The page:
Two different types of behaviour

There are two different types of behaviour that you can target with your programme. Ideally, you would want to influence both types of behaviour to achieve the maximal impact. The choice to target either one or both behaviours has implications for the tools and instruments you need to use (see Step 8: Select and adapt your instruments and  Step 10: Engage your Target Group for examples).
The two types of behaviour are:
  1. Efficiency investment behaviour. This behaviour is a one-shot action. As such it is a clearly identifiable individual event, which usually involves some amount of information processing prior to the action. If you target this type of behaviour you are trying to influence how people make decisions and you usually also want your target group to invest money. Once you are successful in targeting the efficiency/ investment behaviour, the effects of this behaviour are durable since investments are usually less easy to reverse (e.g. additional insulation will probably remain in the house even after it is sold). The downside is that there is less room for experimentation. The key challenge is that you need to get it right from the start.
  2. Habitual or ‘curtailment’ behaviour. This type of behaviour usually entails unconscious decisions, routines. Routines are activities that are repeated frequently and without conscious thinking. If you target curtailment behaviour, your aim is to create routines, new repetitive efforts to reduce energy use such as turning off lights or appliances when not in use or taking shorter showers. Because such behaviours are not conscious, they are more difficult to influence through conventional tools like information. On the other hand, changes in curtailment behaviours can usually be realised at lower cost. However, it takes time to create a new routine, and the risk is therefore that if insufficient time is taken, the behaviour easily reverses back to the old unsustainable routine.  The key challenge is thus that you need to get the changed behaviour to ‘stick’.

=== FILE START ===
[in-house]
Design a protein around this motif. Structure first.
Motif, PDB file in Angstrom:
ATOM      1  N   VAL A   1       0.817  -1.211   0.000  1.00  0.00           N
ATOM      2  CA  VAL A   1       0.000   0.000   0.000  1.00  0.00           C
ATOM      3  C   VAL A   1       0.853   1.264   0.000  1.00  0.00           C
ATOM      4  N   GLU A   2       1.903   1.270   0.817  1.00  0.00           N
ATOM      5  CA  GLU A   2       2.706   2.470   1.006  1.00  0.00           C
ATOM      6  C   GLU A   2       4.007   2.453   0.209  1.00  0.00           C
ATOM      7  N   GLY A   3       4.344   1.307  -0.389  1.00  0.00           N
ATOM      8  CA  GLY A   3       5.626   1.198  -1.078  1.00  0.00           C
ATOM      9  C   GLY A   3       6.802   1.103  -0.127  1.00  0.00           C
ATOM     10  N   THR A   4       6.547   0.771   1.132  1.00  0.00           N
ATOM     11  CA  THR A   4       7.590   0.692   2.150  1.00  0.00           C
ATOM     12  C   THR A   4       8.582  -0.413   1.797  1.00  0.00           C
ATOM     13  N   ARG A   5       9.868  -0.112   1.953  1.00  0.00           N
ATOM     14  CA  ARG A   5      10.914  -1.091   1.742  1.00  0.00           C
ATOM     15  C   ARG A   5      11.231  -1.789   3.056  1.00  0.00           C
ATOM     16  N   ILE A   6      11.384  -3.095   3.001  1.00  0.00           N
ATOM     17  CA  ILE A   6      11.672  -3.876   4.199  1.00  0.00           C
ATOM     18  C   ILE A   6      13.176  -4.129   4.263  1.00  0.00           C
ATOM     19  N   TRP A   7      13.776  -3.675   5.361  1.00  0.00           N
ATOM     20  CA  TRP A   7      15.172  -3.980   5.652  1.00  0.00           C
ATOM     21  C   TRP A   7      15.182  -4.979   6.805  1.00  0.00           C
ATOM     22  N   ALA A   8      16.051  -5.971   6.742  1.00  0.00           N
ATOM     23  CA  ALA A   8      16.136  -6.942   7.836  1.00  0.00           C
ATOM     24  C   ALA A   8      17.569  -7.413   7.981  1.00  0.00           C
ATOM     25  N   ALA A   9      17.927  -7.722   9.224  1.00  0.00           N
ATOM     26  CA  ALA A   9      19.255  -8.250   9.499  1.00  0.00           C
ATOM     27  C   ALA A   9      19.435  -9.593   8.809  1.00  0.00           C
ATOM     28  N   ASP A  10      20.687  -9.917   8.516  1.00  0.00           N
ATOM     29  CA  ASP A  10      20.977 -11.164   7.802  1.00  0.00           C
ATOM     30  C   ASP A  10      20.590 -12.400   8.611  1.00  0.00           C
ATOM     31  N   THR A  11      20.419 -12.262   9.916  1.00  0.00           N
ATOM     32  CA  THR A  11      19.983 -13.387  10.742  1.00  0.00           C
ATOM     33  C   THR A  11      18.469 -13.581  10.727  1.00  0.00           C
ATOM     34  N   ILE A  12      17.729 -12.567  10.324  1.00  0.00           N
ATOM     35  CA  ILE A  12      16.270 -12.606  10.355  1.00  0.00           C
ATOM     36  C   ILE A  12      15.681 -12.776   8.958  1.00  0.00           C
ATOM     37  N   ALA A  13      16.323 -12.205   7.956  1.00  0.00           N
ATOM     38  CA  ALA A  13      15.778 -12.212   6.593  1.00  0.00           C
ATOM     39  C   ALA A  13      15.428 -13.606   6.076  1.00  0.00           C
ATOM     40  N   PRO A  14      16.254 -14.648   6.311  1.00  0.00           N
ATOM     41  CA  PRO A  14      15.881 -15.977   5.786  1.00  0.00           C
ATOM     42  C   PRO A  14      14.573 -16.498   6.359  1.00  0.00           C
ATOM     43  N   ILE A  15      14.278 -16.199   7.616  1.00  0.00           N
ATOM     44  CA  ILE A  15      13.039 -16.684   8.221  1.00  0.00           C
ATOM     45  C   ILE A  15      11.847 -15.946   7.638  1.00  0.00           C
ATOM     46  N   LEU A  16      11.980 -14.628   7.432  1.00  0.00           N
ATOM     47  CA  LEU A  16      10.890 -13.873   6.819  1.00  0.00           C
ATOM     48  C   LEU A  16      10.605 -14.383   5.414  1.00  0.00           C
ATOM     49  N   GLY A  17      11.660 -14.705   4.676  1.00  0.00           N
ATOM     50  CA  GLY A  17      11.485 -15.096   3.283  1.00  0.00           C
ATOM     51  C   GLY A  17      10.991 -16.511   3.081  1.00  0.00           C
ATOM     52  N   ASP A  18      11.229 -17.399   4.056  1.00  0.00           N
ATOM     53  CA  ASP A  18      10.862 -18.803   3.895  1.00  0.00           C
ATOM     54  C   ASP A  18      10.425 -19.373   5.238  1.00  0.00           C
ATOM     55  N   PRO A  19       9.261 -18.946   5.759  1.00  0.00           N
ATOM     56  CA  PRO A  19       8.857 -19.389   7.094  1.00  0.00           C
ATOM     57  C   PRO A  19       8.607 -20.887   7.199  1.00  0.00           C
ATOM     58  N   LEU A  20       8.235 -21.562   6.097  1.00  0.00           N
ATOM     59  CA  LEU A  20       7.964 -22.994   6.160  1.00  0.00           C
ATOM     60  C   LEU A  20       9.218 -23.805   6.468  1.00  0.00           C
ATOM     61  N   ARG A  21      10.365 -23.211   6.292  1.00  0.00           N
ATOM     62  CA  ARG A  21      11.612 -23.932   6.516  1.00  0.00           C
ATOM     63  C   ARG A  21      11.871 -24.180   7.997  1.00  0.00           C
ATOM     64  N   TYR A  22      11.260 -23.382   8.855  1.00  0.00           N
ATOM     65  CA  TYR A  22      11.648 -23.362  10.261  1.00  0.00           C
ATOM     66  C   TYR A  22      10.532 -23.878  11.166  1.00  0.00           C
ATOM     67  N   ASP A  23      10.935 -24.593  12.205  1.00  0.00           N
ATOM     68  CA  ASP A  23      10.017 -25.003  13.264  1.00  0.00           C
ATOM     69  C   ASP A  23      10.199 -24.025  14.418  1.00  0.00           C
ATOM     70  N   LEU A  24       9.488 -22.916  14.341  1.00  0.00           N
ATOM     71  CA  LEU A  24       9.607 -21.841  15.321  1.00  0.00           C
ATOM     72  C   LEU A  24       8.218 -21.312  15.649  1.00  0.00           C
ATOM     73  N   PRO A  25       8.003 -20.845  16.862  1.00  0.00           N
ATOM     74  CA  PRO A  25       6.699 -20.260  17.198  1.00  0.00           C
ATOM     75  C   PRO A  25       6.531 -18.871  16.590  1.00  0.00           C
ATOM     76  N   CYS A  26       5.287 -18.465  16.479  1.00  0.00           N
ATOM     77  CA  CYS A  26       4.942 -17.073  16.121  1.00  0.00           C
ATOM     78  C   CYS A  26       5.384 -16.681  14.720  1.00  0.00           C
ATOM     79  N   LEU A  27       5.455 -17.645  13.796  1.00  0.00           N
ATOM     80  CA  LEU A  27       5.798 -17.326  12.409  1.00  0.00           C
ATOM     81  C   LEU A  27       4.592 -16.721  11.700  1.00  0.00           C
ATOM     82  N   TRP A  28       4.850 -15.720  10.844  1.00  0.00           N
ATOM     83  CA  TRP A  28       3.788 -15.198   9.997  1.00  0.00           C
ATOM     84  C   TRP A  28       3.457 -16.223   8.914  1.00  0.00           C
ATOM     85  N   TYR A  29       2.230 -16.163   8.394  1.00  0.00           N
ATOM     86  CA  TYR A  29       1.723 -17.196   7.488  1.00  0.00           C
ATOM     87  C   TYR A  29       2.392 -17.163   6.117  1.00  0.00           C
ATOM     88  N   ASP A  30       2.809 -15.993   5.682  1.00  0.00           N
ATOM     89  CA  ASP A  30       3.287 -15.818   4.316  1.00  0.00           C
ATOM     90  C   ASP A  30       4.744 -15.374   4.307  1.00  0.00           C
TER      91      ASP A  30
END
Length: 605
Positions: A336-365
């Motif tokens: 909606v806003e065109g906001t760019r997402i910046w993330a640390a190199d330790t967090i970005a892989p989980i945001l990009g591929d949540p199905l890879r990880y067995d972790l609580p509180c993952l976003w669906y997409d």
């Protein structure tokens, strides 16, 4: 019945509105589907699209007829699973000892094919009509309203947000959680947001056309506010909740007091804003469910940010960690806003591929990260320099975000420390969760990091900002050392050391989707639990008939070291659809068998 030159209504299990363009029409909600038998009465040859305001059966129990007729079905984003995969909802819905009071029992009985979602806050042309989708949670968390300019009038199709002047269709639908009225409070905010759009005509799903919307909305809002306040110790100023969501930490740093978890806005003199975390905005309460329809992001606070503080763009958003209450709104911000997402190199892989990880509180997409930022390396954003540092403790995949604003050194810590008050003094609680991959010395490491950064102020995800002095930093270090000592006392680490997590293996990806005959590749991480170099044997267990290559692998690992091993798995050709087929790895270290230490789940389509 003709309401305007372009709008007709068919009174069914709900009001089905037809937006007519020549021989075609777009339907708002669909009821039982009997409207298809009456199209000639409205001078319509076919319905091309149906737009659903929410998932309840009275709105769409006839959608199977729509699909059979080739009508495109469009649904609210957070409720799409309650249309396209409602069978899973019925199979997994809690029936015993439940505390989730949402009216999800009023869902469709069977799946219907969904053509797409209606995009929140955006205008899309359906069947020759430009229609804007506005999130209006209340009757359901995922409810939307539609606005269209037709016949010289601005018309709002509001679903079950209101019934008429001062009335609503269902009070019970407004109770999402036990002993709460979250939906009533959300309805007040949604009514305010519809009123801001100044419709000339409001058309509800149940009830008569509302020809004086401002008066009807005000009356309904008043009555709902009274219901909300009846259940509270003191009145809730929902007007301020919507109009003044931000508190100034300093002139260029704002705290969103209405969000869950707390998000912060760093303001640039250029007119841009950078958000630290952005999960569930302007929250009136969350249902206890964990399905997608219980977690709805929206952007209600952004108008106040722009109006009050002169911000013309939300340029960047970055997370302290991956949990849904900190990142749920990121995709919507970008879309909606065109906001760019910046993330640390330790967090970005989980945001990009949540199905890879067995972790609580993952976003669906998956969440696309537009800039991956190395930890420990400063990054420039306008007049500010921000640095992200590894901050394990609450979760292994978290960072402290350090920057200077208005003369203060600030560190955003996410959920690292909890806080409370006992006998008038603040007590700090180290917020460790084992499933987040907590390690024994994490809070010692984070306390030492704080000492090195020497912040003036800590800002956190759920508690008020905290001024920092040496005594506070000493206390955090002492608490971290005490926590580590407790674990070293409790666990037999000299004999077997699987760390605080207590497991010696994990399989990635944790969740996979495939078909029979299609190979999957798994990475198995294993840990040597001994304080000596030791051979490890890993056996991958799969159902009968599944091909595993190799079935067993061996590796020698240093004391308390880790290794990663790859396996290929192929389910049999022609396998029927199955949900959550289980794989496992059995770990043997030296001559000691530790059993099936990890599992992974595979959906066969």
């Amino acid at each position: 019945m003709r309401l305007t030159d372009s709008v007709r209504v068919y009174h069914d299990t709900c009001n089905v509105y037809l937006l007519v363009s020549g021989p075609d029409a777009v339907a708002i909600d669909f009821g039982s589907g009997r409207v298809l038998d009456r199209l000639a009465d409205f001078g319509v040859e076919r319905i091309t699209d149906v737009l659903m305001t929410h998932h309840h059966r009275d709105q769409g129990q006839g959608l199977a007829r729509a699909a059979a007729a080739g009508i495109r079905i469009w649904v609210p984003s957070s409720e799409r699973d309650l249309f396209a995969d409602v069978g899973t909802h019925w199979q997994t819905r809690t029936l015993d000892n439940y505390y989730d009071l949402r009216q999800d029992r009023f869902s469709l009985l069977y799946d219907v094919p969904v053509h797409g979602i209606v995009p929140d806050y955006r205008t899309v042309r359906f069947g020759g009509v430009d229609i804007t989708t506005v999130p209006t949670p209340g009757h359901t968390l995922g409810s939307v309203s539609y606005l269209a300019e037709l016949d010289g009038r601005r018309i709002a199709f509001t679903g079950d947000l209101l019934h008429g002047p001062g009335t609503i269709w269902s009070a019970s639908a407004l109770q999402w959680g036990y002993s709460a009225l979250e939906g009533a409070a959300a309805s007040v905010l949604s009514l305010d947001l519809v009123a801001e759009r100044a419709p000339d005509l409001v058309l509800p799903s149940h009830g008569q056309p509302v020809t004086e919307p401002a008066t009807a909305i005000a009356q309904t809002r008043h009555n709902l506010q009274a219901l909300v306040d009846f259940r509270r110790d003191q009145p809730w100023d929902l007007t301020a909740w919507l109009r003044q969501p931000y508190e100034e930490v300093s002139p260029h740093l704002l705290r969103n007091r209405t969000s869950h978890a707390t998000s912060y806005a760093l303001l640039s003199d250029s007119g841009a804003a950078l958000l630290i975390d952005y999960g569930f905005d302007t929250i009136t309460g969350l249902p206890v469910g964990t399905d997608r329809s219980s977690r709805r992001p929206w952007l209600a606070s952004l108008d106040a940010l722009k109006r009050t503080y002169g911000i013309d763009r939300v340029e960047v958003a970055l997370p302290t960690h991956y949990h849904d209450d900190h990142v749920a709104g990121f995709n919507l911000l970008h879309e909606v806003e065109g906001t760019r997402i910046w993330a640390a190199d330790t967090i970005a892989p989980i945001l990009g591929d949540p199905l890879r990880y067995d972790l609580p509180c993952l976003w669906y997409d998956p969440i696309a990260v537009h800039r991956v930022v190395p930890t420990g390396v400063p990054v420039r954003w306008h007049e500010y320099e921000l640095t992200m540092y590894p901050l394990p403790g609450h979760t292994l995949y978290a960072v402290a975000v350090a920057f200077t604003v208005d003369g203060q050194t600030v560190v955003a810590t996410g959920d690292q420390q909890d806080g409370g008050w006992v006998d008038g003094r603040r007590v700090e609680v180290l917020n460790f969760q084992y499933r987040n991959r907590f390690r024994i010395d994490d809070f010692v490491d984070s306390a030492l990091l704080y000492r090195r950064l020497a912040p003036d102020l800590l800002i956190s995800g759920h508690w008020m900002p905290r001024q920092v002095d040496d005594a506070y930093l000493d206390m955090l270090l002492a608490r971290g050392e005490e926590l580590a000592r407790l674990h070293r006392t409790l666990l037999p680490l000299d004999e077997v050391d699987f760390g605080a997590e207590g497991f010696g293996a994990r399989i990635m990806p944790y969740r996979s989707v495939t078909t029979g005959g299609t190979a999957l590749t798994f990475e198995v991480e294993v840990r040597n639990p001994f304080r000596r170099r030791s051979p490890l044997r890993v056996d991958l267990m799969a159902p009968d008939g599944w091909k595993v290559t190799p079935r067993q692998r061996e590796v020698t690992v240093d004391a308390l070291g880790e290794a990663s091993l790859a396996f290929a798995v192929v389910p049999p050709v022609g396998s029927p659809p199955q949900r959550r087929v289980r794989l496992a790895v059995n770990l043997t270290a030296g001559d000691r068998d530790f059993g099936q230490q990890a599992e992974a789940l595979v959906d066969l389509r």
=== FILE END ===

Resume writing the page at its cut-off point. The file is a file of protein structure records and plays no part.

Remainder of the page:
Of course, there are ‘grey’ areas which can be either a routine or an investment, for example purchasing light bulbs or lowering room temperatures, which can be done once with a thermostat and will stay that way at least until someone else readjusts it.

 Practical examples

  1. Efficiency investment behaviour can entail investing in energy-saving devices, equipment or appliances (a new heating system, meters, thermostats, etc.), or the wheatherisation of a home. 
  2. Habitual or ‘curtailment’ behaviour entails turning off lights, equipment or appliances when not in use, taking shorter showers, keeping room temperatures low, doing full loads of laundry at low temperatures.